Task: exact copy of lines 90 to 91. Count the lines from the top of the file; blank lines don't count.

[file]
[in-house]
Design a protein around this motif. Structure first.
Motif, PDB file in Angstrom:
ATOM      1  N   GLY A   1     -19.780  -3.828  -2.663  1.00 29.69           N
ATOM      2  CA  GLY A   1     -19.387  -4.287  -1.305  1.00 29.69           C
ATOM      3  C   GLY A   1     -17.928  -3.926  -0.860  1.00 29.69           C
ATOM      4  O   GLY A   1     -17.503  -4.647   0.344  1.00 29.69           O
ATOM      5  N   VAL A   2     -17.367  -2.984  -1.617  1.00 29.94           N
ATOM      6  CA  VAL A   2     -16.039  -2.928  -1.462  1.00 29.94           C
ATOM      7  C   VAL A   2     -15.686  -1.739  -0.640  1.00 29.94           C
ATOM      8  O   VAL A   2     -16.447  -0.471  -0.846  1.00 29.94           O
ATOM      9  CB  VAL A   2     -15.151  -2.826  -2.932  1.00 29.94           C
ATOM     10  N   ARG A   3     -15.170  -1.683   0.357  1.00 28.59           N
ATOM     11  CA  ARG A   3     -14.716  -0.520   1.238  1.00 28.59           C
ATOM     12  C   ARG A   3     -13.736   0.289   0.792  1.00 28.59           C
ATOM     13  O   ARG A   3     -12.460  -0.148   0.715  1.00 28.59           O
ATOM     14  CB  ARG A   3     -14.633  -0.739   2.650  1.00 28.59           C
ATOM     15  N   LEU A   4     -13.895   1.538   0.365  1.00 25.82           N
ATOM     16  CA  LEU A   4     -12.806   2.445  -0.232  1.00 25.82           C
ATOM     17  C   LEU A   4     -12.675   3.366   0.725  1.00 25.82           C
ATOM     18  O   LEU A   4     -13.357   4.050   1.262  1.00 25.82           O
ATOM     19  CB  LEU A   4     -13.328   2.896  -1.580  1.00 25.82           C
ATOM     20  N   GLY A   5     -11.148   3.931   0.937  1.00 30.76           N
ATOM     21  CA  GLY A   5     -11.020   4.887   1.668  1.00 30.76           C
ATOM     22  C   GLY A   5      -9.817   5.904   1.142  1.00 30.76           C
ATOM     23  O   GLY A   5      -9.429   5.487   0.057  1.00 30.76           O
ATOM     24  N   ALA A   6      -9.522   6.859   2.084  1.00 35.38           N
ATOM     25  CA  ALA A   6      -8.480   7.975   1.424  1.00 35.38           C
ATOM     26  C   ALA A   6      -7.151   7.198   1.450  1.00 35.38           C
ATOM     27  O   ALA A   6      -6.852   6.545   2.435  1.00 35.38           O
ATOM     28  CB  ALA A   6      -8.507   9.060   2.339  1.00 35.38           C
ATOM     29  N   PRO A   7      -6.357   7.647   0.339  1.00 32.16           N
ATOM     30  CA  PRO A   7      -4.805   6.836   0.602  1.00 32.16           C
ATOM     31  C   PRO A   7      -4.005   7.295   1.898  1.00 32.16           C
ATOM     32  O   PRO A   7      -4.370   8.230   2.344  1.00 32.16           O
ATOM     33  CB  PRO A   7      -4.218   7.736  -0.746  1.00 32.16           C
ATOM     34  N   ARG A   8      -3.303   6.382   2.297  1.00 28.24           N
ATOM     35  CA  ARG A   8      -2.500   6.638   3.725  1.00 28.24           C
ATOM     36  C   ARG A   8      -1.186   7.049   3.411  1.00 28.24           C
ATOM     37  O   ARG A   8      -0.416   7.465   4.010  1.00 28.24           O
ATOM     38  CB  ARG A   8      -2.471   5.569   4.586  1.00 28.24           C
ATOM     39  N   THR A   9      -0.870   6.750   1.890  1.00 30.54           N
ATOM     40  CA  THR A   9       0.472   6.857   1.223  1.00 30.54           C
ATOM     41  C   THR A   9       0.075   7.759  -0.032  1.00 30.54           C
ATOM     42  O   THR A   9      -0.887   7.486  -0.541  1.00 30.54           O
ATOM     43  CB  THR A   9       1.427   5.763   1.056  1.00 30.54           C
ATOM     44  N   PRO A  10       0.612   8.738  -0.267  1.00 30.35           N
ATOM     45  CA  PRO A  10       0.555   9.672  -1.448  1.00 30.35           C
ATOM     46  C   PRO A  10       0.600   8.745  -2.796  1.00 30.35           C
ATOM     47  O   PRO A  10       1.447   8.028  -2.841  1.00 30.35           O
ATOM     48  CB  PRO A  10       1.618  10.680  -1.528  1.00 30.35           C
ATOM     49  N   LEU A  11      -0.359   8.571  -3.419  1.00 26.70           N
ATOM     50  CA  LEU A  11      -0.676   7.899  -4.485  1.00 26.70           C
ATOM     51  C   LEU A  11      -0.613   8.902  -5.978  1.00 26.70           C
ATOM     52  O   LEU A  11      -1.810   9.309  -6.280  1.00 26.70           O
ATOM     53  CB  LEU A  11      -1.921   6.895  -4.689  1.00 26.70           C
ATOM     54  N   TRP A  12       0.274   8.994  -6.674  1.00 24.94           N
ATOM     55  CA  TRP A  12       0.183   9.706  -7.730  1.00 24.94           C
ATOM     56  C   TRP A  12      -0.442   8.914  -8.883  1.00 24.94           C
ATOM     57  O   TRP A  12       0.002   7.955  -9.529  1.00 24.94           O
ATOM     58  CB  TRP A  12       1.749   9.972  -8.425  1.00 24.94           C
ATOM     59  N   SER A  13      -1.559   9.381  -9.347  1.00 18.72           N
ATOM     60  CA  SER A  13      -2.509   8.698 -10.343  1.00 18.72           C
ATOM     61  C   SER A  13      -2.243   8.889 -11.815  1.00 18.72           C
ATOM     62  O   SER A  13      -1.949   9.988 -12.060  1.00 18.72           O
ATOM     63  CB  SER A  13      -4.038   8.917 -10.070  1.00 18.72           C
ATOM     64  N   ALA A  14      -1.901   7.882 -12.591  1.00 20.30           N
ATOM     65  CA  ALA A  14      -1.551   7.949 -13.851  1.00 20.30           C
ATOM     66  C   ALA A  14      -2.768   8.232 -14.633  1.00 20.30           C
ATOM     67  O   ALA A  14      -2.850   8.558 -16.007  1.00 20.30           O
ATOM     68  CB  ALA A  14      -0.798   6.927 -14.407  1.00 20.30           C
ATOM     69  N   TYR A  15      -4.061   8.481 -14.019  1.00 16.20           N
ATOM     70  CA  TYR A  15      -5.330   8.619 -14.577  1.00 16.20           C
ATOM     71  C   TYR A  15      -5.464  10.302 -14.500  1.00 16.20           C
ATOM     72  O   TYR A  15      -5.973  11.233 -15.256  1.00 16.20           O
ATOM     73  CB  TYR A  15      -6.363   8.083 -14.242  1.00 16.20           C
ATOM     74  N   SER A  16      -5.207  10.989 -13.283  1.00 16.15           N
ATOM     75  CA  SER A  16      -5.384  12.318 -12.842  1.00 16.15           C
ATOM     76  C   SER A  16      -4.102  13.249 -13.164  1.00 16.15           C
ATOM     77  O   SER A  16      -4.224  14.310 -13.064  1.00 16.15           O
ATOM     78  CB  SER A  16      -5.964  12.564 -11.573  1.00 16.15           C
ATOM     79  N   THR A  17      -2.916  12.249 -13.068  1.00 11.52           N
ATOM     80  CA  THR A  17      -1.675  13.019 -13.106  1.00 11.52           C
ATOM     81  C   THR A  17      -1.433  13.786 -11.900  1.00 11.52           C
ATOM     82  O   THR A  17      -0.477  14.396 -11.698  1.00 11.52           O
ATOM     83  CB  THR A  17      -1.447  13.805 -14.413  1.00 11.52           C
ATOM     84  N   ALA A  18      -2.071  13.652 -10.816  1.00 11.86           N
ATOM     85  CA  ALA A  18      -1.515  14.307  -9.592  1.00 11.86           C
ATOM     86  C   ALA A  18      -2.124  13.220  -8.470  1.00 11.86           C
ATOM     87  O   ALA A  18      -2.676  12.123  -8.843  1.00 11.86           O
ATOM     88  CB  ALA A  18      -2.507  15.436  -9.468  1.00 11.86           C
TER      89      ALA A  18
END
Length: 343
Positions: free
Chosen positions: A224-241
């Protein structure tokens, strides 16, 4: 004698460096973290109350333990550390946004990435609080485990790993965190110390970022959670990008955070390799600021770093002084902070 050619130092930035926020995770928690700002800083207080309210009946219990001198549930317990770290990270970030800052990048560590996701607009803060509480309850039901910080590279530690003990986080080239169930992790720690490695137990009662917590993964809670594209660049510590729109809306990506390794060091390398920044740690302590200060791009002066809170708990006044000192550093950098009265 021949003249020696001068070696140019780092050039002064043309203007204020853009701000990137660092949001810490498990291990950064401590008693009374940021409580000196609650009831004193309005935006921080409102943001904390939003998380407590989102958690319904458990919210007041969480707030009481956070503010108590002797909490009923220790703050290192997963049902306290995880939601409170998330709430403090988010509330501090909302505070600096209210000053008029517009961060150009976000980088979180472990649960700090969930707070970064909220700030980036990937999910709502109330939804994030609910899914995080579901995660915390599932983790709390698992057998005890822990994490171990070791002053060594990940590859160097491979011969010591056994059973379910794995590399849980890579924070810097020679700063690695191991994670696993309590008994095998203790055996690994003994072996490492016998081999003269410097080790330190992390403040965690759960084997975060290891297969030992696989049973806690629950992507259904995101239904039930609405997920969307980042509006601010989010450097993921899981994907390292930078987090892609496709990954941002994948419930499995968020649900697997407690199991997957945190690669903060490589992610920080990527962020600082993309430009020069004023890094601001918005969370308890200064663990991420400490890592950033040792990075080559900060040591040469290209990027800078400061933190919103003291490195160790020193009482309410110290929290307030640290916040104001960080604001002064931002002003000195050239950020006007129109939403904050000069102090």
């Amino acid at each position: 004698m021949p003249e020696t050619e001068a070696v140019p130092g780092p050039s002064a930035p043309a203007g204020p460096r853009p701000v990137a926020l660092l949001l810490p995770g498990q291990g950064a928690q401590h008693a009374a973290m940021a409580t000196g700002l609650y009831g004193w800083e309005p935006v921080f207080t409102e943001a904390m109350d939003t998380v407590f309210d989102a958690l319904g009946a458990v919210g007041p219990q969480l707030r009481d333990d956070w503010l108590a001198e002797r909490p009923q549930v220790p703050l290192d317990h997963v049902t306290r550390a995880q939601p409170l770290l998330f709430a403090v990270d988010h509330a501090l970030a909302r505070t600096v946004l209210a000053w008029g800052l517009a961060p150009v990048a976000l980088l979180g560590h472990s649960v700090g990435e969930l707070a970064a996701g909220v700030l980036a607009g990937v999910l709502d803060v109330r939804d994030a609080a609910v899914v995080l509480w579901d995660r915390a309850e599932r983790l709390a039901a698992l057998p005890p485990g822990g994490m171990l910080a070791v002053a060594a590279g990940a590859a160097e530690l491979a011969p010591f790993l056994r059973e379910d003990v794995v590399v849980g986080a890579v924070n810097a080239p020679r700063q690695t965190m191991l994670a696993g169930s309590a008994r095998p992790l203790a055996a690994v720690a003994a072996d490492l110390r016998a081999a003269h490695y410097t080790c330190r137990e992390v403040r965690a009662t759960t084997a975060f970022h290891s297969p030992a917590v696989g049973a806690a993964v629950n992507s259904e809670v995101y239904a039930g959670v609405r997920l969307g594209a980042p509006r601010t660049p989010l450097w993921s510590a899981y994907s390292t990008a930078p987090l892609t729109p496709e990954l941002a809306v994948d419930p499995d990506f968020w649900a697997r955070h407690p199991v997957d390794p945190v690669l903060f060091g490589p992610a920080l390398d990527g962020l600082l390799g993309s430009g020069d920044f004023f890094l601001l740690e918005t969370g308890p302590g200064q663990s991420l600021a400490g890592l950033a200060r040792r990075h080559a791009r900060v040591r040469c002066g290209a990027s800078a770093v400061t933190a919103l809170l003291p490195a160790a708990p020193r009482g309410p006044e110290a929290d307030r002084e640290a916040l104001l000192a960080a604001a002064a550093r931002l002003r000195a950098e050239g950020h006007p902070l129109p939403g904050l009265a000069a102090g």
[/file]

ATOM     87  O   ALA A  18      -2.676  12.123  -8.843  1.00 11.86           O
ATOM     88  CB  ALA A  18      -2.507  15.436  -9.468  1.00 11.86           C